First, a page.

papers were bequeathed to them for this purpose. One considerable portion of the task was successfully executed, but after the death of all the three literary executors a number of Burke's papers came into the possession of Fitzwilliam. Accordingly in 1844 there appeared, in four vols., the 'Correspondence of the Right Hon. Edmund Burke between the year 1744 and the period of his decease in 1797. Edited by Charles William. Earl Fitzwilliam, and Lieut.-General Sir Richard Bourke, K.C.B.' In 1847 Fitzwilliam published a 'Letter,' addressed to a Northamptonshire rector, in which he recommended that Ireland should he extricated out of her difficulties by the application of imperial resources.
Fitzwilliam died at Wentworth House, Yorkshire, 4 Oct. 1867. His eldest son having predeceased him, he was succeeded as fourth earl in the peerage of the United Kingdom by his second son, William Thomas Spencer, viscount Milton, born in 1815, who sat in the lower house with only one intermission from 1837 to 1857. The fourth earl married, in 1838, Lady Frances Douglas, eldest daughter of the eighteenth Earl of Morton.
[Times, 5 Oct. 1857; Gent. Mag, 1857; Ann. Reg. 1857; Leeds Mercury, 7 Oct. 1857.]
FITZWILLIAM, EDWARD (1788– 1852), actor, was bomrnof Irish parents near Holborn in London on 8 Aug. 1788, In 1806 he was actor and property man with Trotter, manager of the theatres at Southend and Hythe. At Gosport in 1808 he was seen by Elliston, who engaged him for his theatre at Birmingham. As Hodge in 'Love in a Village' he made, at the West London Theatre, his first appearance in London. In 1813 he was a leading actor at the Olympic, under Elliston, with whom he migrated to the Royal Circus, subsequently known as the Surrey, his first part at this house being Humphrey Grizzle in 'Three and the Deuce.' Under the management of Thomas Dibdin [q. v.] he rose at this house to the height of his popularity, his best parts being Leporello, Dumbiedykes in the 'Heart of Midlothian,' Patch, Partridge in 'Tom Jones,' and Humphry Clinker. At the Surrey he met Miss Copeland [see Fitzwilliam, Fanny Elizabeth], whom on 2 Dec. 1822 he married. Fitzwilliam — who had once appeared at Drury Lane for the benefit of T. P. Cooke, playing Sancho in 'Lovers' Quarrels' and singing a song, 'Paddy Carey,' in which he was very popular — joined the regular company at that house 10 Nov. 1821 as O'Rourke O'Daisy in 'Hit Of Miss.' From this time his reputation dwindled. Padreen Gar in 'Giovanni in Ireland,' Loney Mactwolter in the 'Review,' and other Irish parts were assigned him. After a time he practically forsook the stage and became a comic vocalist at city entertainments. About 1845 he retired on an annuity from the Drury Lane Theatrical Fund, and died at his house in Regent Street 30 March 1862. In society, in which he was popular, he was known as 'Little Fitz.' He was about 5 ft. 3 in. in height, robustly built, and had a good-humoured characteristically Irish physiognomy. His son is noticed below.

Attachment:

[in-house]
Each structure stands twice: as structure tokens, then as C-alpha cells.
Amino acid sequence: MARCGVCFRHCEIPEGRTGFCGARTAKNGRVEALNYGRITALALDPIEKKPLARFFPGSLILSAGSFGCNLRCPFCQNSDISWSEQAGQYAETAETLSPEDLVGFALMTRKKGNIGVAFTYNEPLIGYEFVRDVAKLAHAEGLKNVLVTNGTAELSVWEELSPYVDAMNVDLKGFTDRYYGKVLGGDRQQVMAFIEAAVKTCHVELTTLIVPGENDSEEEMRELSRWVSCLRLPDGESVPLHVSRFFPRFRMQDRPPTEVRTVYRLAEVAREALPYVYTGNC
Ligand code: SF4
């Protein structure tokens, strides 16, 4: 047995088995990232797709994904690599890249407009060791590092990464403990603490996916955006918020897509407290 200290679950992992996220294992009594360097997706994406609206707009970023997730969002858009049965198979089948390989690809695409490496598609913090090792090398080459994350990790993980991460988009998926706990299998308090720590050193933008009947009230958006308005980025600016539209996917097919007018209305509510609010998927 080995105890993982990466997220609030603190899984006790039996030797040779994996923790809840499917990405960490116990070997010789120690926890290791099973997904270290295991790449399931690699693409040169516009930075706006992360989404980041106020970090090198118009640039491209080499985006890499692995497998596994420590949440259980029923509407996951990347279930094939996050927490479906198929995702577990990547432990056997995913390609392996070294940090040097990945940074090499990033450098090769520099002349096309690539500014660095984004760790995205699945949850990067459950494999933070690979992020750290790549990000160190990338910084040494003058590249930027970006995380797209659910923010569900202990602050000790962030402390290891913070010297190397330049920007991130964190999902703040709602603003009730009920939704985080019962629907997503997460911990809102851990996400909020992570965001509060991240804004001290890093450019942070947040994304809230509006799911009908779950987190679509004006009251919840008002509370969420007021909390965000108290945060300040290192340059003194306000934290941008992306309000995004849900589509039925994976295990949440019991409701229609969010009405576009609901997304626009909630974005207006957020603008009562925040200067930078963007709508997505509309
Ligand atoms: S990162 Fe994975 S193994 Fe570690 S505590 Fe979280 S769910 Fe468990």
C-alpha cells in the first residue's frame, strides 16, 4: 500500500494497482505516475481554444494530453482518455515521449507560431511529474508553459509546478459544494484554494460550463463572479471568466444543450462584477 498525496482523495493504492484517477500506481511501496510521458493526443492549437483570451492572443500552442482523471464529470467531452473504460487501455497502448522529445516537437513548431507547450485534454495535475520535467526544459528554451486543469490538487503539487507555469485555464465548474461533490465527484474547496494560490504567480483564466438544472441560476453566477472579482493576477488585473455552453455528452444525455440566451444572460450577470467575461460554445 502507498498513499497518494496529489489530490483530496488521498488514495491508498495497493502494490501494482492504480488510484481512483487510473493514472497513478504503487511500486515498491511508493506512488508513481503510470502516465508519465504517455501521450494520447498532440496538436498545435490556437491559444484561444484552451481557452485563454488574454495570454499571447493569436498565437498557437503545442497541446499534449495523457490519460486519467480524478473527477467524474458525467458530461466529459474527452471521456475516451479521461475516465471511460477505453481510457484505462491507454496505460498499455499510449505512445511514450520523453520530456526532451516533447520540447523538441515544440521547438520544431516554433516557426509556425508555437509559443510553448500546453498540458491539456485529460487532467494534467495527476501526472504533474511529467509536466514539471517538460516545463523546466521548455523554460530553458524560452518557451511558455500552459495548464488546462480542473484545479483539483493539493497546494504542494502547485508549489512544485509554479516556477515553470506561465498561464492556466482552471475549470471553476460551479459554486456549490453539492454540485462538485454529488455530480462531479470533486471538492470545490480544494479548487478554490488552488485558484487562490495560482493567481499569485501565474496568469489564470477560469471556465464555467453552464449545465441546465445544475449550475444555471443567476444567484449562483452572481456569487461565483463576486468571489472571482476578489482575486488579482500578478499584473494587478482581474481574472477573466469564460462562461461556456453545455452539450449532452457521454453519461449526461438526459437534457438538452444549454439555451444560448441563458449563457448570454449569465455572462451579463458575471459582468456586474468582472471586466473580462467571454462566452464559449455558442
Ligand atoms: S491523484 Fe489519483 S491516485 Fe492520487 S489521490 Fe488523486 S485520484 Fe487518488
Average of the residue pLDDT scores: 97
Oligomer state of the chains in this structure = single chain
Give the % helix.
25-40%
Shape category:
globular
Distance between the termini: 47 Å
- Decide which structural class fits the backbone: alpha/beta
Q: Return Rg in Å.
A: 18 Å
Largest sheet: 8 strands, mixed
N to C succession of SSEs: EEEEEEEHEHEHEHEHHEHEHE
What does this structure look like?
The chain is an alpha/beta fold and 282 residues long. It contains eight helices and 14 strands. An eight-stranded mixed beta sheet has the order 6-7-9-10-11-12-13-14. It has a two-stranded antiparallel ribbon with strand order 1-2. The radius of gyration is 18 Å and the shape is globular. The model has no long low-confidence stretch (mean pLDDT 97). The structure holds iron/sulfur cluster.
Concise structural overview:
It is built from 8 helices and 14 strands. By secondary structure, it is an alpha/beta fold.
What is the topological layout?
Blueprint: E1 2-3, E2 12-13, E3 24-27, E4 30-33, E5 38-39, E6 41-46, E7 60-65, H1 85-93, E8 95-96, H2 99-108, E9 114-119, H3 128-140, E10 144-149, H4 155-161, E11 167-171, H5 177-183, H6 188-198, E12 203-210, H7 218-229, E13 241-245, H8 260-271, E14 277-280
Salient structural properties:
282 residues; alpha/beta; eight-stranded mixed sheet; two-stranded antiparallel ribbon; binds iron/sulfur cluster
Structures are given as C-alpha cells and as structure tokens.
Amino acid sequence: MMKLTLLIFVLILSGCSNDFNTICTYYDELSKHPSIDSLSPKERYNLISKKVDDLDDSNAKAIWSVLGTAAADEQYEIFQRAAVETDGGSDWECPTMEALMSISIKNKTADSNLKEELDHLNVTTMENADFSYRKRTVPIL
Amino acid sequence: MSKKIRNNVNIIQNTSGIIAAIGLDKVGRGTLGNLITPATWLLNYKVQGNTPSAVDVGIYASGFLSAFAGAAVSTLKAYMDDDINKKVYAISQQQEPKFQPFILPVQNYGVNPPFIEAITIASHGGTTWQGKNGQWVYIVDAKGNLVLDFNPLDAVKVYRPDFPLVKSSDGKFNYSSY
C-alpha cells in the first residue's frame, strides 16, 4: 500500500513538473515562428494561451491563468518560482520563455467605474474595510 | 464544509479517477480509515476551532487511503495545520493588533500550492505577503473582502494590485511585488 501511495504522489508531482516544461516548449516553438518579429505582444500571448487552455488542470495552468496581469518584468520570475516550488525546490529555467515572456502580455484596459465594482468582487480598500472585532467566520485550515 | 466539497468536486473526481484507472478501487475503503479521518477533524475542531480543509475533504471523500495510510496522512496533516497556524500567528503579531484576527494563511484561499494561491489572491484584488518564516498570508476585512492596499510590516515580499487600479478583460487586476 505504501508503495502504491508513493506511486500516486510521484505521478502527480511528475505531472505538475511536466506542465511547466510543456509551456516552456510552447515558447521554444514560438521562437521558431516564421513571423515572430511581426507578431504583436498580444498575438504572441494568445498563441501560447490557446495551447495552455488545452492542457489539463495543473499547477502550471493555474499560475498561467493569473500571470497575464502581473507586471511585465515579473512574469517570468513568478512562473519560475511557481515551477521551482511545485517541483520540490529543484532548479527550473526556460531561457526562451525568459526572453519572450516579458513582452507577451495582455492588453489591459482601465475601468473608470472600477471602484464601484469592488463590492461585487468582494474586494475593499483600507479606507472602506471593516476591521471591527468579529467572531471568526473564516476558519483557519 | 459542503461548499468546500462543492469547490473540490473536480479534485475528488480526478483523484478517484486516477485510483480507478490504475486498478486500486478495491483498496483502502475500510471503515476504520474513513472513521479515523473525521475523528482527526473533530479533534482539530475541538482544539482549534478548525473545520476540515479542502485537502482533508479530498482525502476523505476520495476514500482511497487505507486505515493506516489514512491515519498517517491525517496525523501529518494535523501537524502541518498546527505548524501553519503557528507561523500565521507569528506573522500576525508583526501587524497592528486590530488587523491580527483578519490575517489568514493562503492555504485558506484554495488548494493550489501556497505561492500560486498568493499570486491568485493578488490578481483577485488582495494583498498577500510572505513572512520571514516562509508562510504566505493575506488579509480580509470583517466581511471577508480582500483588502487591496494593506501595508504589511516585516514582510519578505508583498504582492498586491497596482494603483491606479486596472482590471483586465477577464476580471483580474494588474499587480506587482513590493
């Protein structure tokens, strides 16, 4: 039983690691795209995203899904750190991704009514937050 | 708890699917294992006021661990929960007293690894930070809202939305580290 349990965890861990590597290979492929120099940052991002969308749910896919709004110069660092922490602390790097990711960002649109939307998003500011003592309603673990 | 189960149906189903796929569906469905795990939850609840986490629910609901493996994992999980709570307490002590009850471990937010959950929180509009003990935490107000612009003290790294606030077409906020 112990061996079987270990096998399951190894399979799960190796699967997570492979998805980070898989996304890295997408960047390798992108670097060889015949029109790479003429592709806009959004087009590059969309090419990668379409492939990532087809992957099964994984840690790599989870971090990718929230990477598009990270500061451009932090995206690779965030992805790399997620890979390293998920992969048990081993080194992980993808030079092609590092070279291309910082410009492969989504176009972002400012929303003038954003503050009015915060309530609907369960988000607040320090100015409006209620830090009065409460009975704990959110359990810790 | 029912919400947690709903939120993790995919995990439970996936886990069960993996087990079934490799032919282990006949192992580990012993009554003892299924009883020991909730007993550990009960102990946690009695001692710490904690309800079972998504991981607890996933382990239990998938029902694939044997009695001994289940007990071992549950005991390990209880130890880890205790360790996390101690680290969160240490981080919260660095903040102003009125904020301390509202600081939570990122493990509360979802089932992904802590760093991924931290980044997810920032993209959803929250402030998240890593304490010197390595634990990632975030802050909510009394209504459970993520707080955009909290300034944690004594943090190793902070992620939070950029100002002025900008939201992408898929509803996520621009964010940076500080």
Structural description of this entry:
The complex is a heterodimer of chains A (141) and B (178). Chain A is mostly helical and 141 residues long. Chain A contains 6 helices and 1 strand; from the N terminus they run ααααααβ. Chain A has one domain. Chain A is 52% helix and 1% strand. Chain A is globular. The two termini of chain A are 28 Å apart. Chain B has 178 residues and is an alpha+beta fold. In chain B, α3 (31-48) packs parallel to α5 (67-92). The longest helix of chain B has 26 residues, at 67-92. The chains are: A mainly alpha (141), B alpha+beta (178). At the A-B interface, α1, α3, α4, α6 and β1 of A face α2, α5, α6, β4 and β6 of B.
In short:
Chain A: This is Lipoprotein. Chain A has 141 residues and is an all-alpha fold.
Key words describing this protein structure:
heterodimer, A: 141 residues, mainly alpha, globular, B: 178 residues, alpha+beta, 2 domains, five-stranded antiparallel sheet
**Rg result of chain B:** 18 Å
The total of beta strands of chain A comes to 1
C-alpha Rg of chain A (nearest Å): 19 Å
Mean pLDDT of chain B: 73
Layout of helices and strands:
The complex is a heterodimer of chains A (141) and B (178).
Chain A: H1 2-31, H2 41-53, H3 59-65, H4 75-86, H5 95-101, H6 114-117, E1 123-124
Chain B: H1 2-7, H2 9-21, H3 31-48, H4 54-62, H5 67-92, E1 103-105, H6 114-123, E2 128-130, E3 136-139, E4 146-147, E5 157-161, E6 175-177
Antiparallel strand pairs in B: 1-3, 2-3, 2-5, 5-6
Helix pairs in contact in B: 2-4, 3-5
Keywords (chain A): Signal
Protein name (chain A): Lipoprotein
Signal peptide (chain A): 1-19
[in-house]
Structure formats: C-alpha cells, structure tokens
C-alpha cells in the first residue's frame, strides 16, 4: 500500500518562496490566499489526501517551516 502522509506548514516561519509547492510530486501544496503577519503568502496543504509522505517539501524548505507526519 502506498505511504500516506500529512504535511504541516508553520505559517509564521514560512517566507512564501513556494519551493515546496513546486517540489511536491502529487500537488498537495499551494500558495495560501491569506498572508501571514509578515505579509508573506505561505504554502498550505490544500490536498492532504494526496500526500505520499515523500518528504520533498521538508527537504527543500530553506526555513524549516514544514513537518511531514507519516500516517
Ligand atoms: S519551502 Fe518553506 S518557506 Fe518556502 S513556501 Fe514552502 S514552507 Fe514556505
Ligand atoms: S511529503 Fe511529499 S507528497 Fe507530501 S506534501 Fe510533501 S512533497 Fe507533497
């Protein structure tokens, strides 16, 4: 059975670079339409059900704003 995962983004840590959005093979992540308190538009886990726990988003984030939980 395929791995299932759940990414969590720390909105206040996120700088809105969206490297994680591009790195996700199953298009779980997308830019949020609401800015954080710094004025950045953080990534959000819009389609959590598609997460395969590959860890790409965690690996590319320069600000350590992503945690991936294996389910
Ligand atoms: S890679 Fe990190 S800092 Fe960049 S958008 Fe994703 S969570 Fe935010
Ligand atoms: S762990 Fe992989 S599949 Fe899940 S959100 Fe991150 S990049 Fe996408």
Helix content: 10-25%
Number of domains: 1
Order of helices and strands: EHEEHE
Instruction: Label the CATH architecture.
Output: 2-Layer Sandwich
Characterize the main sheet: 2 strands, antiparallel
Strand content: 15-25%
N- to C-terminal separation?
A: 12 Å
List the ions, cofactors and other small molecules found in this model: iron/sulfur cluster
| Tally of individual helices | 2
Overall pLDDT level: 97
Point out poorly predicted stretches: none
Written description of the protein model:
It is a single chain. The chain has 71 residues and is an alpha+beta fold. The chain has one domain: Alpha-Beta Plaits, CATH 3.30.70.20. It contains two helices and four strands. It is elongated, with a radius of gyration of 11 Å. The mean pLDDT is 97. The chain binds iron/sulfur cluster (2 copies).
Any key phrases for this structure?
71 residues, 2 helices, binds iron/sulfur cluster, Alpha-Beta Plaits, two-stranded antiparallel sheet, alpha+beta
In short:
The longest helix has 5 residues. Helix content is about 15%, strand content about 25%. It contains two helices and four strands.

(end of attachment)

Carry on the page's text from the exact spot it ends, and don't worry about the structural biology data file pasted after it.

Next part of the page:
[Genest's Account of the English Stage; Oxberry's Dramatic Biography, vol, ii.; Biography of the British Stage; Era newspaper, 4 April 1852; Era Almanack various years; Oxberry's Dramatic Chronology.]
FITZWILLIAM, EDWARD FRANCIS (1824–1857), song-writer, born at Deal in Kent on 2 Aug. 1824, was the son of Edward Fitzwilliam, an actor [q. v.], by his wife, Fanny Elizabeth Fitzwilliam, actress [q. v.] He was educated at the Pimlico grammar school, at St. Edmund's College, Old Hall, Hertfordshire, and at the institution of L'Abbé Haffrénique at Boulogne. Sir Henry Bishop was his instructor in an elementary course of harmony, and for a few months he resided with John Barnett at Cheltenham studying instrumentation. When in his twenty-first year he composed a ‘Stabat Mater,’ which was performed at the Hanover Square Rooms on 15 March 1845, with much success. In October 1847 he was appointed by Madame Vestris musical director of the Lyceum Theatre, and remained there for two years. About this time he wrote a cantata entitled ‘O Incomprehensible Creator,’ which was performed at Hullah's concert, 21 May 1851. At Easter 1853 he became musical director of the Haymarket Theatre, and held that position until his death. His principal compositions were ‘The Queen of a Day,’ a comic opera, and ‘A Summer Night's Love,’ an operetta, both produced at the Haymarket. He also wrote the overture, act, and vocal music of the ‘Green Bushes’ for the Adelphi Theatre, the overtures and music of all the Haymarket pantomimes, and of many that were brought out at the Theatre Royal, Liverpool. The music of Perea Nena's Spanish ballets, ‘El Gambusino’ and ‘Los Cautivos,’ were entirely his composition. His works were distinguished by an intelligence which gave promise of great excellence had he lived to fully master the technicalities of his art. After suffering for two years from consumption, he died at 9 Grove Place, Brompton, London, 19 Jan. 1857, aged 33, and was buried (27 Jan.) in Kensal Green cemetery.